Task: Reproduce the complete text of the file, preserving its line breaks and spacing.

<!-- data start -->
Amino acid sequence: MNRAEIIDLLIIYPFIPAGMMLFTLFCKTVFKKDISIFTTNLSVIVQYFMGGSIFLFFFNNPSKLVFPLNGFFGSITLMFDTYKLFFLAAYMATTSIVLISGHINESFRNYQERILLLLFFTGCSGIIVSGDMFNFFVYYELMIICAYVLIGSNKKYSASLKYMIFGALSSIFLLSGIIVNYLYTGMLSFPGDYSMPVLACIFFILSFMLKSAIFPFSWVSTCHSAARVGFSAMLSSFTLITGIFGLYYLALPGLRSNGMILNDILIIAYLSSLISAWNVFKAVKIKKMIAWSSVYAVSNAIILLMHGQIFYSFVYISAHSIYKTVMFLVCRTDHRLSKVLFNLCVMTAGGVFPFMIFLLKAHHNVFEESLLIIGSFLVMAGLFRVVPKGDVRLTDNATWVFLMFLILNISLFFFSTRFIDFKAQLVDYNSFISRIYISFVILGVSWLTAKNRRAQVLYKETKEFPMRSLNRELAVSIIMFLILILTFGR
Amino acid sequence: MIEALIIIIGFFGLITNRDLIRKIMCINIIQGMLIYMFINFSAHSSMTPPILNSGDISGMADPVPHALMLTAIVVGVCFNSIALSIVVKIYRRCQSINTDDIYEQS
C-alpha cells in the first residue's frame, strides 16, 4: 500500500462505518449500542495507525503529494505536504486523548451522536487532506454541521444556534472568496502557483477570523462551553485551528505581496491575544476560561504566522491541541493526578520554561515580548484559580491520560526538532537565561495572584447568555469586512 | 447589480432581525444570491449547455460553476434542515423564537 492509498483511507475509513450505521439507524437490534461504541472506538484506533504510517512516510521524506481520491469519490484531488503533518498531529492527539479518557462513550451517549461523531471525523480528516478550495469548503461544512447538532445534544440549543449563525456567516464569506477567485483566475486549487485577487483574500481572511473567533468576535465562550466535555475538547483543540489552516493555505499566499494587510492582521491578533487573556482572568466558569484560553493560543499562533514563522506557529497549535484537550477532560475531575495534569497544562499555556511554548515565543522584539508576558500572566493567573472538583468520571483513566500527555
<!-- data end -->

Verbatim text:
Amino acid sequence: MNRAEIIDLLIIYPFIPAGMMLFTLFCKTVFKKDISIFTTNLSVIVQYFMGGSIFLFFFNNPSKLVFPLNGFFGSITLMFDTYKLFFLAAYMATTSIVLISGHINESFRNYQERILLLLFFTGCSGIIVSGDMFNFFVYYELMIICAYVLIGSNKKYSASLKYMIFGALSSIFLLSGIIVNYLYTGMLSFPGDYSMPVLACIFFILSFMLKSAIFPFSWVSTCHSAARVGFSAMLSSFTLITGIFGLYYLALPGLRSNGMILNDILIIAYLSSLISAWNVFKAVKIKKMIAWSSVYAVSNAIILLMHGQIFYSFVYISAHSIYKTVMFLVCRTDHRLSKVLFNLCVMTAGGVFPFMIFLLKAHHNVFEESLLIIGSFLVMAGLFRVVPKGDVRLTDNATWVFLMFLILNISLFFFSTRFIDFKAQLVDYNSFISRIYISFVILGVSWLTAKNRRAQVLYKETKEFPMRSLNRELAVSIIMFLILILTFGR
Amino acid sequence: MIEALIIIIGFFGLITNRDLIRKIMCINIIQGMLIYMFINFSAHSSMTPPILNSGDISGMADPVPHALMLTAIVVGVCFNSIALSIVVKIYRRCQSINTDDIYEQS
C-alpha cells in the first residue's frame, strides 16, 4: 500500500462505518449500542495507525503529494505536504486523548451522536487532506454541521444556534472568496502557483477570523462551553485551528505581496491575544476560561504566522491541541493526578520554561515580548484559580491520560526538532537565561495572584447568555469586512 | 447589480432581525444570491449547455460553476434542515423564537 492509498483511507475509513450505521439507524437490534461504541472506538484506533504510517512516510521524506481520491469519490484531488503533518498531529492527539479518557462513550451517549461523531471525523480528516478550495469548503461544512447538532445534544440549543449563525456567516464569506477567485483566475486549487485577487483574500481572511473567533468576535465562550466535555475538547483543540489552516493555505499566499494587510492582521491578533487573556482572568466558569484560553493560543499562533514563522506557529497549535484537550477532560475531575495534569497544562499555556511554548515565543522584539508576558500572566493567573472538583468520571483513566500527555